An ankle sprain involves rolling the ankle which can cause ankle fractures or damage to the ankle ligaments.   Radiographs or x-rays taken after such injuries show bone and joint but not the soft tissues of the ankle such as tendons and ligaments.  Patients are often relieved to hear that “nothing is broken” after xrays are performed.  Soft tissue injuries can be significant too because ankle ligaments that fail to heal properly lead to “weak” ankles or ankles that are unstable or turn easily.   We have seen many patients who are concerned that they twist their ankles easily, sometimes on level ground.  They may avoid or limit certain activities to avoid injury.

Is is possible to live with an ankle with weak or torn ligaments?  The answer may be yes for some.  One may tape their ankles or wear ankle braces.  A person who is more sedentary will have less limitations than one who is active.  One’s occupation matters too.  An unstable ankle that hardly limits someone doing deskwork can be dangerous in, say, a roofer, who requires balance or a fireman who has to be stable on ladders.

There are three ligaments that can become stretched and torn leading to lateral ankle instability:  the ATFL or anteriortalofibular ligament, the PTFL or posterior talofibular ligament and the CFL or calcaneofibular ligament.   The ligament most likely to become injured is the ATFL which runs in front of the outside (lateral side) of the left ankle.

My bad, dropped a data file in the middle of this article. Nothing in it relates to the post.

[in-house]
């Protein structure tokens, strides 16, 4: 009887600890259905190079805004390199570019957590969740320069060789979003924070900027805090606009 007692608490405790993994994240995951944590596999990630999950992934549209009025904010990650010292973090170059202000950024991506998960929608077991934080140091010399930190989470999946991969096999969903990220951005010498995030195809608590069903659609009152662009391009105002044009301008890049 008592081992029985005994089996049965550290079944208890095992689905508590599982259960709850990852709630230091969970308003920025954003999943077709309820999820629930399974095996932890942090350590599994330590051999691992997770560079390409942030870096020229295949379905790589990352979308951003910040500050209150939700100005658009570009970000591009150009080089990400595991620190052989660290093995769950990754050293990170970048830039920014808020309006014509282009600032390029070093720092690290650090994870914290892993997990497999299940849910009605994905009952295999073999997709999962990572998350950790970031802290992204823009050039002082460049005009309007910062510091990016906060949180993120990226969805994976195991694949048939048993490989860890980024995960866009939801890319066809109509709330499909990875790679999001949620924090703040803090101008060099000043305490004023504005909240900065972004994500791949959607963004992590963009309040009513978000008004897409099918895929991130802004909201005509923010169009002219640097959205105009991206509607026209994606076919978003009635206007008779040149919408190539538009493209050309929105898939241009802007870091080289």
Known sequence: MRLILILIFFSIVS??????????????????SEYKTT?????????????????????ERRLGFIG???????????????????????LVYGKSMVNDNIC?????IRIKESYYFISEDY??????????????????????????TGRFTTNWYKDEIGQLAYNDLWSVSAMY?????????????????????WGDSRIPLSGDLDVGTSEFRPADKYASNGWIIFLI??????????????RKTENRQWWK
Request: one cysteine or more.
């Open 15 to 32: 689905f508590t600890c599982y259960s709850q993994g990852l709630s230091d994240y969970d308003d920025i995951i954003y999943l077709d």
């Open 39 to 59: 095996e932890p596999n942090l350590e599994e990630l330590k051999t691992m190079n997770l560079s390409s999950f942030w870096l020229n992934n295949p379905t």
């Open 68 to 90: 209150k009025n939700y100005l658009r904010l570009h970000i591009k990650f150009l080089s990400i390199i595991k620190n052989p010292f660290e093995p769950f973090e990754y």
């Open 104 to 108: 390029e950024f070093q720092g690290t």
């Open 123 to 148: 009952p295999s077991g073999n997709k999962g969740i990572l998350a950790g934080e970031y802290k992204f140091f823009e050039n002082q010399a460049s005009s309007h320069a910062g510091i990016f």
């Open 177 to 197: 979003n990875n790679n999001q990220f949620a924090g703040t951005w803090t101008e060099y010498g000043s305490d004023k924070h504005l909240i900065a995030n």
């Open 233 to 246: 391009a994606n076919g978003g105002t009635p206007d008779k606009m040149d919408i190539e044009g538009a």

Traditionally, several surgical procedures have been used to stabilize the ankle by repairing the ligaments.  One of the more common procedures is known as the Brostrom procedure in which the surgeon basically sews up the ATFL.  The ligament can take up to 6 weeks to heal with this procedure and requires a cast for about 4 weeks.  The procedure can work well but one issue is that often the ligament is weak or frayed so that limits the strength of the repair.

Dr. Davis has embraced a newer and potentially more effective technique that provides a stronger repair, reduced casting time and quicker return to activity developed by Arthrex, known as the internal brace system.  The technique involves placement of a “ribbon” of a very strong flexible material:  According to Arthrex,  “The flexible FiberTape® suture is composed of ultra-high-molecular–weight polyethylene (UHMWPE), a strong, stress-resistant material with Kevlar®-like properties that has been used safely and effectively in millions of patients.”  This creates essentially a second ligament sewn underneath the ATFL repair creating immediate strength. Learn more about lateral ankle instability.

Dr. Davis has performed lateral ankle stabilization utilizing the internal brace system on athletes allowing fast return to rehab and function.  He feels that the technique is not just for athletes but beneficial to all who need strong stable ankles.